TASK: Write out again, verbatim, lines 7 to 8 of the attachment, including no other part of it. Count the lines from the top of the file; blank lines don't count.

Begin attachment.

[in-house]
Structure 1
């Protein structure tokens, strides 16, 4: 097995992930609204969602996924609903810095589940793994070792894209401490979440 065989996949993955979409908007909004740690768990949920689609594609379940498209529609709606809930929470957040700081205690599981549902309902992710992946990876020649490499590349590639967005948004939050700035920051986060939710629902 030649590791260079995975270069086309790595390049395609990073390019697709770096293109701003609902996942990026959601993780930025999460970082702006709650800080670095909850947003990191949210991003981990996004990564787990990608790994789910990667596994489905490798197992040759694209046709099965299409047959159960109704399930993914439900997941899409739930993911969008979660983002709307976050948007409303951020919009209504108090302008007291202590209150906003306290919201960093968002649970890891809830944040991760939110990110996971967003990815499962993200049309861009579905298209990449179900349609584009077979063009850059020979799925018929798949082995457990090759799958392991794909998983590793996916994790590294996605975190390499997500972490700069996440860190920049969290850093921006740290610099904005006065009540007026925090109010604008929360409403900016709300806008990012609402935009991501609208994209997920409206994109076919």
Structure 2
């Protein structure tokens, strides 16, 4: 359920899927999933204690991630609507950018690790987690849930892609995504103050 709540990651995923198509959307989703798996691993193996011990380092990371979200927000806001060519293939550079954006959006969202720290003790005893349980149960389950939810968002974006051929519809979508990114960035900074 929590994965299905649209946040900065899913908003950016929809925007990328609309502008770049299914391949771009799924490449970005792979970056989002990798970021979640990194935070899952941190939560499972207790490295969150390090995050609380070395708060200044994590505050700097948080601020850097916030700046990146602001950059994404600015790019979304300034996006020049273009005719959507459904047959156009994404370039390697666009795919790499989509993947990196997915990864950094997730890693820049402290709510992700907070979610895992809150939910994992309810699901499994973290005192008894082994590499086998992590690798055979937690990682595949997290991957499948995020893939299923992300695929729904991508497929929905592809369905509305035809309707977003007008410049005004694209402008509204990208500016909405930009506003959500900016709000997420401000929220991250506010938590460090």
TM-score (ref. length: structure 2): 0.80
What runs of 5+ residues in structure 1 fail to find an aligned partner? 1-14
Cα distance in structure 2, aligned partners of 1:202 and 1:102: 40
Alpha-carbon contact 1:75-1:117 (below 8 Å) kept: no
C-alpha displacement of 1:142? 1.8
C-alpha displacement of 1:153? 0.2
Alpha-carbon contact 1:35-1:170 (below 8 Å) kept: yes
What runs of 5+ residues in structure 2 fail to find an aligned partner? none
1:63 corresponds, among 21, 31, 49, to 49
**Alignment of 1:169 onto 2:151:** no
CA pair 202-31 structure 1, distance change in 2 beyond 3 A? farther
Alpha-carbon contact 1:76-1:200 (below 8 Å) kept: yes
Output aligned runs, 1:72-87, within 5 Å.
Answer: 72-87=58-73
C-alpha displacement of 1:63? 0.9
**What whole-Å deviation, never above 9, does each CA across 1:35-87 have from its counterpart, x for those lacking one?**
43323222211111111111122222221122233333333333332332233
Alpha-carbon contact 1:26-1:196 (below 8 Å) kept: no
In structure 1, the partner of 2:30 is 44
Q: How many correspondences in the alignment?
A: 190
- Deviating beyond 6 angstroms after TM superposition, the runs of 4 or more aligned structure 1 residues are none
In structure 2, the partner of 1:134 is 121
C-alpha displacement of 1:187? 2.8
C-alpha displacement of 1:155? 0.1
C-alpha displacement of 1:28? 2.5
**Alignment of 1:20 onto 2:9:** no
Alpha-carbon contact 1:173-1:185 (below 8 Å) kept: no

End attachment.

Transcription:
What runs of 5+ residues in structure 1 fail to find an aligned partner? 1-14
Cα distance in structure 2, aligned partners of 1:202 and 1:102: 40